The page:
Familial British and Danish dementias (FBD and FDD) share striking neuropathological similarities with Alzheimer's disease (AD), including intraneuronal neurofibrillary tangles as well as parenchymal and vascular amyloid deposits. Multiple amyloid associated proteins with still controversial role in amyloidogenesis colocalize with the structurally different amyloid peptides ABri in FBD, ADan in FDD, and Aβ in AD. Genetic variants and plasma levels of one of these associated proteins, clusterin, have been identified as risk factors for AD. Clusterin is known to bind soluble Aβ in biological fluids, facilitate its brain clearance, and prevent its aggregation. The current work identifies clusterin as the major ABri- and ADan-binding protein and provides insight into the biochemical mechanisms leading to the association of clusterin with ABri and ADan deposits. Mirroring findings in AD, the studies corroborate clusterin co-localization with cerebral parenchymal and vascular amyloid deposits in both disorders. Ligand affinity chromatography with downstream Western blot and amino acid sequence analyses unequivocally identified clusterin as the major ABri- and ADan-binding plasma protein. ELISA highlighted a specific saturable binding of clusterin to ABri and ADan with low nanomolar Kd values within the same range as those previously demonstrated for the clusterin-Aβ interaction. Consistent with its chaperone activity, thioflavin T binding assays clearly showed a modulatory effect of clusterin on ABri and ADan aggregation/fibrillization properties. Our findings, together with the known multifunctional activity of clusterin and its modulatory activity on the complex cellular pathways leading to oxidative stress, mitochondrial dysfunction, and the induction of cell death mechanisms - all known pathogenic features of these protein folding disorders - suggests the likelihood of a more complex role and a translational potential for the apolipoprotein in the amelioration/prevention of these pathogenic mechanisms.
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http://dx.doi.org/10.1016/j.nbd.2021.105452DOI Listing
http://www.ncbi.nlm.nih.gov/pmc/articles/PMC8440498PMC
October 2021

HnRNP K mislocalisation is a novel protein pathology of frontotemporal lobar degeneration and ageing and leads to cryptic splicing.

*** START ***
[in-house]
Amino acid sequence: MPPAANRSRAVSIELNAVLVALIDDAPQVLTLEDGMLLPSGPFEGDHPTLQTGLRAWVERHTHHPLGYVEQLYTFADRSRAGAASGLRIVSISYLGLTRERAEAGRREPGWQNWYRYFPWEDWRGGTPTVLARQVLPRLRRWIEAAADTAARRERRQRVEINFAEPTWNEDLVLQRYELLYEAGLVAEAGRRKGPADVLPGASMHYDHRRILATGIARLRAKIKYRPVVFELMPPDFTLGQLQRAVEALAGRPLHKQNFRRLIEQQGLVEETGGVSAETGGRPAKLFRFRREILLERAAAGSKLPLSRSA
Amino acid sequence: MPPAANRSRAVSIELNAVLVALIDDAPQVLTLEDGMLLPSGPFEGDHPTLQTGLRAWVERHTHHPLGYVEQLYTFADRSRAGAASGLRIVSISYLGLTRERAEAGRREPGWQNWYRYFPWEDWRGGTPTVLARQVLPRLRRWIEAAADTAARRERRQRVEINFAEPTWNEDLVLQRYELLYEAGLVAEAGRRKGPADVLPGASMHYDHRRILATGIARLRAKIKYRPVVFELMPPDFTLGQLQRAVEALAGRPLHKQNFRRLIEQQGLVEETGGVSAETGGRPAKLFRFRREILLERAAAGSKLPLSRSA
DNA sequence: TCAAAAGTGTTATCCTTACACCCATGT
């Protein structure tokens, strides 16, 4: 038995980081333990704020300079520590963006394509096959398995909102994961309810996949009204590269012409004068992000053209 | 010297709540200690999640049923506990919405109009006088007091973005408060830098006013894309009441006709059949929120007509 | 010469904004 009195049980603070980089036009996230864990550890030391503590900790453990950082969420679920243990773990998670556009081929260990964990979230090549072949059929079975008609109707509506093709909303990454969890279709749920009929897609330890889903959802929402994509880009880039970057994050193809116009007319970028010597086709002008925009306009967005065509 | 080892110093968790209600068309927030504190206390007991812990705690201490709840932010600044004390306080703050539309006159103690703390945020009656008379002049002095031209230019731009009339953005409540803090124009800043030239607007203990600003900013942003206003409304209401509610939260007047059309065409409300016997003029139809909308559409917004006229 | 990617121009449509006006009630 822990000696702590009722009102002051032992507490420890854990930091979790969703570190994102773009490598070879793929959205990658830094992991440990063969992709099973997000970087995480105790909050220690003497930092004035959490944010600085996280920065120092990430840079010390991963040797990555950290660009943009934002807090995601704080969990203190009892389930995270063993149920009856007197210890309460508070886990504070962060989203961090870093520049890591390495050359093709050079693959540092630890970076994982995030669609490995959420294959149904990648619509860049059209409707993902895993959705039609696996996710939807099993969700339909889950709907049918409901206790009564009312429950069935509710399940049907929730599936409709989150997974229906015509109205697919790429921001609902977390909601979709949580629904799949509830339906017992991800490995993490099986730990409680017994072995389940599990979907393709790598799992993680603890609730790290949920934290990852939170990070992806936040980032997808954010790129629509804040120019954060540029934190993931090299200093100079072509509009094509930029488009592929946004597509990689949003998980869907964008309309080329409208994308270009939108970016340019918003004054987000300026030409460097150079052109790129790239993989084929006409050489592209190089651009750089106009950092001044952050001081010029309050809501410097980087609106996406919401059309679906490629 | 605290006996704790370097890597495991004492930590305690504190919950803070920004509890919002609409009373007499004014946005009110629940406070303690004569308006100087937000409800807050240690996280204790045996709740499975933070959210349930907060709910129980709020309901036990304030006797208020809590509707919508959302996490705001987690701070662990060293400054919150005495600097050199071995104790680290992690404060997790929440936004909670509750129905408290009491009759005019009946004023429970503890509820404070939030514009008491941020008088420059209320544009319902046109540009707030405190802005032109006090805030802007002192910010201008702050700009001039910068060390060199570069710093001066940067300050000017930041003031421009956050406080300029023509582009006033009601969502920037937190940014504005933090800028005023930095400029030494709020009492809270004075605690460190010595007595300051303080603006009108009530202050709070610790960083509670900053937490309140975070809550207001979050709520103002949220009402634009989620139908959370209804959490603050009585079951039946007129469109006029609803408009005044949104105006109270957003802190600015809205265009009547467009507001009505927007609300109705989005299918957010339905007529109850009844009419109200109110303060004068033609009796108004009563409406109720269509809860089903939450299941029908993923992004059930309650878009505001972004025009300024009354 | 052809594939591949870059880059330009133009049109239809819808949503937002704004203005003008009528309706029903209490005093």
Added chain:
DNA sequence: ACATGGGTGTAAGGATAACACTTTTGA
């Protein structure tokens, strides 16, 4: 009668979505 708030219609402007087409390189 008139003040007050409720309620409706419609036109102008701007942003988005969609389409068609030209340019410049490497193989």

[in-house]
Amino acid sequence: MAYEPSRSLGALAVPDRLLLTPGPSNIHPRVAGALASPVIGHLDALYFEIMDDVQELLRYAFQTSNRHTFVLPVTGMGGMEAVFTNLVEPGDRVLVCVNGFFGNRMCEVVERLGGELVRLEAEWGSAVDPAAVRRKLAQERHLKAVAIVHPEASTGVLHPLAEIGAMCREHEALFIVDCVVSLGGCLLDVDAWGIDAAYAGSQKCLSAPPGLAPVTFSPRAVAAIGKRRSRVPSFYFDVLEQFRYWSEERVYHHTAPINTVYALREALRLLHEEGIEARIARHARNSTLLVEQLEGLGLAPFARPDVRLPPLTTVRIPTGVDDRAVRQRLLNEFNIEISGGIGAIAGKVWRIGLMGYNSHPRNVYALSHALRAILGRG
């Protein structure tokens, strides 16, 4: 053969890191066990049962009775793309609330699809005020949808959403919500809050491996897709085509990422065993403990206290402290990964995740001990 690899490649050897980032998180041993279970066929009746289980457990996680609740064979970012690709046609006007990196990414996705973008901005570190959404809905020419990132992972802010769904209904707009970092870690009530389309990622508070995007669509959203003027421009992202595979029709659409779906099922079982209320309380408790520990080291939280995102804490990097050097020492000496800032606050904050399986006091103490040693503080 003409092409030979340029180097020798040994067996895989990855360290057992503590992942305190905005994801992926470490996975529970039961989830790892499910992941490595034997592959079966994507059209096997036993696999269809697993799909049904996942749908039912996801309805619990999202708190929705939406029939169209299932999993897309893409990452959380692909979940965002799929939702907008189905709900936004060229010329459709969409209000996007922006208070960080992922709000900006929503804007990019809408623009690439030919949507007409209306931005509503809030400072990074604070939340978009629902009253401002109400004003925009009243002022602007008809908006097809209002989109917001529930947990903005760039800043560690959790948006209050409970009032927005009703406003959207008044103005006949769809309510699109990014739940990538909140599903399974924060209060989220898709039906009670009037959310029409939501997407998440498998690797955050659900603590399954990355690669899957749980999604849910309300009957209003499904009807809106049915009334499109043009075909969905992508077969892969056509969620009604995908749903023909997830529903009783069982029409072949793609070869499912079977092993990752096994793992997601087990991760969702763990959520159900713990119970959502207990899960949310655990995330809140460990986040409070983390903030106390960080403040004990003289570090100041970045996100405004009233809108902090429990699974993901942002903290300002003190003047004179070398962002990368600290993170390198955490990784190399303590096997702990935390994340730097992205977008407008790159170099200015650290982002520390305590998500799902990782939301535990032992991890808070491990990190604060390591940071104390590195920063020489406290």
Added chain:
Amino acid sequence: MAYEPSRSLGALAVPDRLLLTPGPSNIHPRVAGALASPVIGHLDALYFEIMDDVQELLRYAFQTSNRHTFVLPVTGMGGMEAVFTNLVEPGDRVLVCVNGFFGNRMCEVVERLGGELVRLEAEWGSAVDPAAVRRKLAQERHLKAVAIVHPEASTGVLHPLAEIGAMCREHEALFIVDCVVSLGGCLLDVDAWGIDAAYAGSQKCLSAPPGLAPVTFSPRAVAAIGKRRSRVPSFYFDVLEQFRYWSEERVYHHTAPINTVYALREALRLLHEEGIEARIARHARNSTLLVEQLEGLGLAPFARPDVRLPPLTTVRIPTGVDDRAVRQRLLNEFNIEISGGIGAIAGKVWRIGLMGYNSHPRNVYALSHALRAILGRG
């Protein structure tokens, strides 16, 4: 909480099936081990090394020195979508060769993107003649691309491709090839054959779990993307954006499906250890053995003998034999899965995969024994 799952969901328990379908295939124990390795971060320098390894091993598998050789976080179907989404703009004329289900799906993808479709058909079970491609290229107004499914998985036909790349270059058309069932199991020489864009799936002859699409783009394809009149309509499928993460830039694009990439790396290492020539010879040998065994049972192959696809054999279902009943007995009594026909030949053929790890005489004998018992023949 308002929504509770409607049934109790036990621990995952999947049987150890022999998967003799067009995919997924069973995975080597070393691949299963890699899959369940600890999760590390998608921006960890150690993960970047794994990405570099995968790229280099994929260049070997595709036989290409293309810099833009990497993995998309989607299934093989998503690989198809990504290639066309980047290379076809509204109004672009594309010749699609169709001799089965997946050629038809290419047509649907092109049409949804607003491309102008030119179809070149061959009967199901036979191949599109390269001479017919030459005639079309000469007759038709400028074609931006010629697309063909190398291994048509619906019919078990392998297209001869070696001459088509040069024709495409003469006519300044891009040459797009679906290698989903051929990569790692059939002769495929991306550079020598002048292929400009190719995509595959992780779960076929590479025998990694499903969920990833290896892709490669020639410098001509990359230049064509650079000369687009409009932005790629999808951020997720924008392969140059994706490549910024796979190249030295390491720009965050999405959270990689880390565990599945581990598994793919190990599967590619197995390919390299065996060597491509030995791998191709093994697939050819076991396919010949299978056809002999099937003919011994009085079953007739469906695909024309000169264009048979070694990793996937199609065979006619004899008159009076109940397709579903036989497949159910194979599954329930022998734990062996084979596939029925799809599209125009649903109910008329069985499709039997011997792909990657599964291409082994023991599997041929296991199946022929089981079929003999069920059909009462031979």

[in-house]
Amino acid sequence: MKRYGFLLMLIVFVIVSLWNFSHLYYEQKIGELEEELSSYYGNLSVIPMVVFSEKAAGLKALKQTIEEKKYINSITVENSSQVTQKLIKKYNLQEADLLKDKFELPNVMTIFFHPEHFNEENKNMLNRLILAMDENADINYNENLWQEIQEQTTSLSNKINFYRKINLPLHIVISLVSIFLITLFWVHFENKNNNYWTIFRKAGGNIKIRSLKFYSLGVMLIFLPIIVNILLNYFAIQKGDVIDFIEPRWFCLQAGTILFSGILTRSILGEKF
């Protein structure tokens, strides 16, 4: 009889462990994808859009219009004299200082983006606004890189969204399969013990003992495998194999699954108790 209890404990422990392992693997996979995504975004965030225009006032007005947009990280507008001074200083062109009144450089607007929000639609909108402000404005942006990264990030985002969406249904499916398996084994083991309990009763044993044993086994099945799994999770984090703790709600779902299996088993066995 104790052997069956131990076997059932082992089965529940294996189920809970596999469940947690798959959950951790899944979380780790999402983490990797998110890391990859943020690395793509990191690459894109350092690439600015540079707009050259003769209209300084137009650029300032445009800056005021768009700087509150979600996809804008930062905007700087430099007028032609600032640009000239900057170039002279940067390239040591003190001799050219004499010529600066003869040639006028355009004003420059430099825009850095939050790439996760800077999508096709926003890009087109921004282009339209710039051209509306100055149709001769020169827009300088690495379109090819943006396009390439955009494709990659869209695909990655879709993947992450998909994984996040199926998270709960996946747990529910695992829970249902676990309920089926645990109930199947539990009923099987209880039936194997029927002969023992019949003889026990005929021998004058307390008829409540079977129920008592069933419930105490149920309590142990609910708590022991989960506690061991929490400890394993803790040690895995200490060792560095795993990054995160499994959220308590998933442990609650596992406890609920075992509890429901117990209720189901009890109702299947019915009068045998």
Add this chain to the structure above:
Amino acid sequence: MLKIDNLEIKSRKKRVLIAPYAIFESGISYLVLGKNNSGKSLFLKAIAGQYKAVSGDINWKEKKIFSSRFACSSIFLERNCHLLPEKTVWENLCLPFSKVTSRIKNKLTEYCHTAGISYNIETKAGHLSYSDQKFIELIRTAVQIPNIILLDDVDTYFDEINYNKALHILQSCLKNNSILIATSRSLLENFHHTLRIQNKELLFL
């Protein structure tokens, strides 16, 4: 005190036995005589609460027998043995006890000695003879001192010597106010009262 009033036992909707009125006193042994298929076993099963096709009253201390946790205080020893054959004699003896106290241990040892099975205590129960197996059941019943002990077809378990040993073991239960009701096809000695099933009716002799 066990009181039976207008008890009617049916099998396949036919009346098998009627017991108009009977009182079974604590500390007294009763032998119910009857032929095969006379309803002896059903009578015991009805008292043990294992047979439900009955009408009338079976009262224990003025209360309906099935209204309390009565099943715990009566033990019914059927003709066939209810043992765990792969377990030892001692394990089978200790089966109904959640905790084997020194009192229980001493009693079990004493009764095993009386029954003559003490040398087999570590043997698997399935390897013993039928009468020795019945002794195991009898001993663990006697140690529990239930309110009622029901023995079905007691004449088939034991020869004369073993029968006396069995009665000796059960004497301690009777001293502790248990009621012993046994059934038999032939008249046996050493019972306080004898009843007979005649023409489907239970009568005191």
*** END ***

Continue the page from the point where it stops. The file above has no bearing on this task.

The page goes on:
Acta Neuropathol 2021 10 18;142(4):609-627. Epub 2021 Jul 18.

The Queen Square Brain Bank for Neurological Disorders, Department of Clinical and Movement Neuroscience, UCL Queen Square Institute of Neurology, London, UK.

Heterogeneous nuclear ribonucleoproteins (HnRNPs) are a group of ubiquitously expressed RNA-binding proteins implicated in the regulation of all aspects of nucleic acid metabolism. HnRNP K is a member of this highly versatile hnRNP family. Pathological redistribution of hnRNP K to the cytoplasm has been linked to the pathogenesis of several malignancies but, until now, has been underexplored in the context of neurodegenerative disease. Here we show hnRNP K mislocalisation in pyramidal neurons of the frontal cortex to be a novel neuropathological feature that is associated with both frontotemporal lobar degeneration and ageing. HnRNP K mislocalisation is mutually exclusive to TDP-43 and tau pathological inclusions in neurons and was not observed to colocalise with mitochondrial, autophagosomal or stress granule markers. De-repression of cryptic exons in RNA targets following TDP-43 nuclear depletion is an emerging mechanism of potential neurotoxicity in frontotemporal lobar degeneration and the mechanistically overlapping disorder amyotrophic lateral sclerosis. We silenced hnRNP K in neuronal cells to identify the transcriptomic consequences of hnRNP K nuclear depletion. Intriguingly, by performing RNA-seq analysis we find that depletion of hnRNP K induces 101 novel cryptic exon events. We validated cryptic exon inclusion in an SH-SY5Y hnRNP K knockdown and in FTLD brain exhibiting hnRNP K nuclear depletion. We, therefore, present evidence for hnRNP K mislocalisation to be associated with FTLD and for this to induce widespread changes in splicing.
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http://dx.doi.org/10.1007/s00401-021-02340-0DOI Listing
http://www.ncbi.nlm.nih.gov/pmc/articles/PMC8423707PMC
October 2021

Discriminatory ability of next-generation tau PET tracers for Alzheimer's disease.

Brain 2021 Sep;144(8):2284-2290

Department of Imaging, Centre for Radiopharmaceutical Chemistry, University College London, London WC1E 6BS, UK.

A next generation of tau PET tracers for the imaging of Alzheimer's disease and other dementias has recently been developed. Whilst the new compounds have now entered clinical studies, there is limited information available to assess their suitability for clinical applications. Head-to-head comparisons are urgently needed to understand differences in the radiotracer binding profiles. We characterized the binding of the tau tracers PI2620, RO948, MK6240 and JNJ067 in human post-mortem brain tissue from a cohort of 25 dementia cases and age-matched controls using quantitative phosphorimaging with tritium-labelled radiotracers in conjunction with phospho-tau specific immunohistochemistry. The four radiotracers depicted tau inclusions composed of paired helical filaments with high specificity, both in cases with Alzheimer's disease and in primary tauopathy cases with concomitant Alzheimer's disease pathology. In contrast, cortical binding to primary tauopathy in cases without paired helical filament tau was found to be within the range of age-matched controls. Off-target binding to monoamine oxidase B has been overcome, as demonstrated by heterologous blocking studies in basal ganglia tissue. The high variability of cortical tracer binding within the Alzheimer's disease group followed the same pattern with each tracer, suggesting that all compounds are suited to differentiate Alzheimer's disease from other dementias.